1
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Let $A$ be an $m\times n$ matrix of rank $m$ with $n\gt m$. If for some non-zero real number $a$, we have $x'AA'x=ax'x$, for all $x\in \Bbb R^m$ then $A'A$ has:

  1. exactly two distinct eigenvalues.
  2. $0$ is an eigenvalue with multiplicity n-m.
  3. $a$ is a non-zero eigenvalue.
  4. exactly two non-zero distinct eigenvalues.

I tried this problem. $A$ has rank $m$ and $AA'$ has rank $m$. Hence the nullity of $AA'$ is zero. But the kernel of $A$ has dimension $n-m$. The rank of $A'A$ is also $m$ hence its kernel has dimension $n-m$. Therefore 2 is the correct option.

$x'AA'x=ax'x$ is same as $\langle AA'x,x \rangle =\langle ax,x \rangle$. I am stuck here. How to tackle the other options?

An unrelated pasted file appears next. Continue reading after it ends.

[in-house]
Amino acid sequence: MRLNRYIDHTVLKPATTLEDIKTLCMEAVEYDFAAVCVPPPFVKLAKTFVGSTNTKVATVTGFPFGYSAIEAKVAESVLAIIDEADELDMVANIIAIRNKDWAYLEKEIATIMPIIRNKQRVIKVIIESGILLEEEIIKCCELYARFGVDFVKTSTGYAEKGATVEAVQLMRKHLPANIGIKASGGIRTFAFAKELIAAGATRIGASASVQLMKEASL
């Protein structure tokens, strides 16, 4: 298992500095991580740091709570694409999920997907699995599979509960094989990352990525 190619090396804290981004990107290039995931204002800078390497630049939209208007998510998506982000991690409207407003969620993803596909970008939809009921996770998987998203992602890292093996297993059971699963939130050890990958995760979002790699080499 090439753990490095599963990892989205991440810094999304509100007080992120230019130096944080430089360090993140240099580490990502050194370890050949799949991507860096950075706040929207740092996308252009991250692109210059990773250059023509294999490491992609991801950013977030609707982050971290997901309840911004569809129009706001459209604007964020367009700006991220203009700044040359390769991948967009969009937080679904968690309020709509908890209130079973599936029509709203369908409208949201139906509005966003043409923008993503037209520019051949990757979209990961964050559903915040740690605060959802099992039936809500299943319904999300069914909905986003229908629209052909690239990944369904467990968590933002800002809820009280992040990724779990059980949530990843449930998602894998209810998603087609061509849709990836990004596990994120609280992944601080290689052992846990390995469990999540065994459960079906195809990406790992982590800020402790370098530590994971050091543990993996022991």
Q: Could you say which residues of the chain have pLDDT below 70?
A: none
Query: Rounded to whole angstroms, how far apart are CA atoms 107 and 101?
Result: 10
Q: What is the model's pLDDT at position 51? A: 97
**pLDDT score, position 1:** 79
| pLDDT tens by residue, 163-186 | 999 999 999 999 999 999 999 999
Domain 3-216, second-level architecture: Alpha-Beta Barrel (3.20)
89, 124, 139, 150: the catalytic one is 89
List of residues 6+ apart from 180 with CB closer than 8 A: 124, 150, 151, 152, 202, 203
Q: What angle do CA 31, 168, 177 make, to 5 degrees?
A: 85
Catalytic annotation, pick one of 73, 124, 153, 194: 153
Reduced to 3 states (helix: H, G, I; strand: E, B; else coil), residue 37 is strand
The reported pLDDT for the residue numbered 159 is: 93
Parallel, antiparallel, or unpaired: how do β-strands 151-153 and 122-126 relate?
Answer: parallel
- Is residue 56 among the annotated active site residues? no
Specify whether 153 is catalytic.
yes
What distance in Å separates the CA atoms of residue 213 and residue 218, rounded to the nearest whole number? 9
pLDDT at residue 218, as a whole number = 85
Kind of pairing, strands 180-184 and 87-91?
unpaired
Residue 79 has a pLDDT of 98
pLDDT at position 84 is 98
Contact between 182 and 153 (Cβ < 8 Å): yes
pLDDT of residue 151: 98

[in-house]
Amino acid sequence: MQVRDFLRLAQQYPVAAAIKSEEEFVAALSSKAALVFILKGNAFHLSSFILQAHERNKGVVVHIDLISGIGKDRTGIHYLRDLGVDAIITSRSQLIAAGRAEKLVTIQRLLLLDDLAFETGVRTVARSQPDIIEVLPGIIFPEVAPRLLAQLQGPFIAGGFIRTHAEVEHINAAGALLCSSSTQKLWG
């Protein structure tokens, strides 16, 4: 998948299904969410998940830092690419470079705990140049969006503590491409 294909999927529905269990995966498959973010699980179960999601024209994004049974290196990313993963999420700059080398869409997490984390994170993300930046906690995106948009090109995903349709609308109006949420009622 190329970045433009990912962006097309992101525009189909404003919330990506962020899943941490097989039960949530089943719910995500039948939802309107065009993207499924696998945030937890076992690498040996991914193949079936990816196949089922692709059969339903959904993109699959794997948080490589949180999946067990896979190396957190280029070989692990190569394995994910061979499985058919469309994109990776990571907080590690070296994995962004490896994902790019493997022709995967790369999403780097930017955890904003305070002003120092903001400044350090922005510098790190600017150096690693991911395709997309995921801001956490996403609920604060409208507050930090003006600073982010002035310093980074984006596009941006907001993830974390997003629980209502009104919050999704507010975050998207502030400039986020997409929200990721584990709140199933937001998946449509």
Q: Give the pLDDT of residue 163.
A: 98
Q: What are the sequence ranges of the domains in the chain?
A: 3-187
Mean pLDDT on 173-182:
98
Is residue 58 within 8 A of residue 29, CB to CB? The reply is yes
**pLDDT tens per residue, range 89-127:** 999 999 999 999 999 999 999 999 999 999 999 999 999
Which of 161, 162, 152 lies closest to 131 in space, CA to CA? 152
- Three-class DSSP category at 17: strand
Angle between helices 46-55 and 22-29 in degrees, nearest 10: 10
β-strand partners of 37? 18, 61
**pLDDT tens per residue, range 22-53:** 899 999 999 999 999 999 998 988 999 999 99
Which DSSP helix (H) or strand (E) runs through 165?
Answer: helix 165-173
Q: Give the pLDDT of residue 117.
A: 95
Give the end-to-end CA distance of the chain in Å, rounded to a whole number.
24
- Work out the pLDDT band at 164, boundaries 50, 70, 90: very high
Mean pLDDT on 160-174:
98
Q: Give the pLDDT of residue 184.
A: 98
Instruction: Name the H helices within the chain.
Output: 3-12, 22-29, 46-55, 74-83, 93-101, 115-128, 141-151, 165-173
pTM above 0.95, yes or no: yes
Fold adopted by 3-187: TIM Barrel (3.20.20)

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0
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Since, $x^t A A^t x = a x^tx$, for all $x \in \mathbb {R^m}$, applying transpose both sides will give you $x^t A^t A x = a x^tx$. Now, let $0 \neq \lambda$ be an eigenvalue of $A^tA$.
By definition, $(A^t A)x = \lambda x$, multiplying both sides with $x^t$ will give you $\lambda = a$. That is, every non-zero eigenvalue of $A^t A$ is $a$. This proves $0, a$ are the only eigenvalues, which proves 1 and 3.

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  • $\begingroup$ I am impressed by your blog. Why you stopped writing? $\endgroup$ – StammeringMathematician May 22 at 5:57
  • $\begingroup$ Thank you, I am working on it. $\endgroup$ – Atul Anurag Sharma Jun 14 at 0:31

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